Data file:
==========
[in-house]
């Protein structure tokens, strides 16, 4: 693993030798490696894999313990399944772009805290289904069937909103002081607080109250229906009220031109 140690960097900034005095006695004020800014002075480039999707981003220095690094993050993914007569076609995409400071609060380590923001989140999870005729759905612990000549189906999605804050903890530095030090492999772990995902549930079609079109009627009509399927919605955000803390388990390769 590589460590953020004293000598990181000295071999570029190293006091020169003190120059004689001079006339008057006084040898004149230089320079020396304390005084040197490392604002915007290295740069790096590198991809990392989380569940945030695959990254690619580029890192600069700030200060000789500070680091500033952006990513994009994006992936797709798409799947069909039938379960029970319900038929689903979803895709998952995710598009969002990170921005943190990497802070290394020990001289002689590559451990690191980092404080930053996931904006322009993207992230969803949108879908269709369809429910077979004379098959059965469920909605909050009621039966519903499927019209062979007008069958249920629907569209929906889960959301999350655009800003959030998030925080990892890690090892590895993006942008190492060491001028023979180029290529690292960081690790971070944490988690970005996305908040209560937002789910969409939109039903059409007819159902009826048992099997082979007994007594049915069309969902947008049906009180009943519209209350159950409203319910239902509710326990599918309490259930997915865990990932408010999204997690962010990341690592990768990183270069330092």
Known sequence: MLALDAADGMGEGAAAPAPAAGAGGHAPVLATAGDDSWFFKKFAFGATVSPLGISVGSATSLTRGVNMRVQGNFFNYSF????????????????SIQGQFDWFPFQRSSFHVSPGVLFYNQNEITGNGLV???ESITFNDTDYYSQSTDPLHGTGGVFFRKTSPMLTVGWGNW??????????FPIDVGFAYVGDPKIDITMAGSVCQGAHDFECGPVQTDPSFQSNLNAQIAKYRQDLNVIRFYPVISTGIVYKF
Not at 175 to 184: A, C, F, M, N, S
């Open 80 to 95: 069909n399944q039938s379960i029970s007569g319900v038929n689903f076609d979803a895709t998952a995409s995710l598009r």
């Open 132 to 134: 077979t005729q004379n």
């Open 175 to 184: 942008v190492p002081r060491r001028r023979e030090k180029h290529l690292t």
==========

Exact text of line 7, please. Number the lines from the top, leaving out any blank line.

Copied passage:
């Open 175 to 184: 942008v190492p002081r060491r001028r023979e030090k180029h290529l690292t």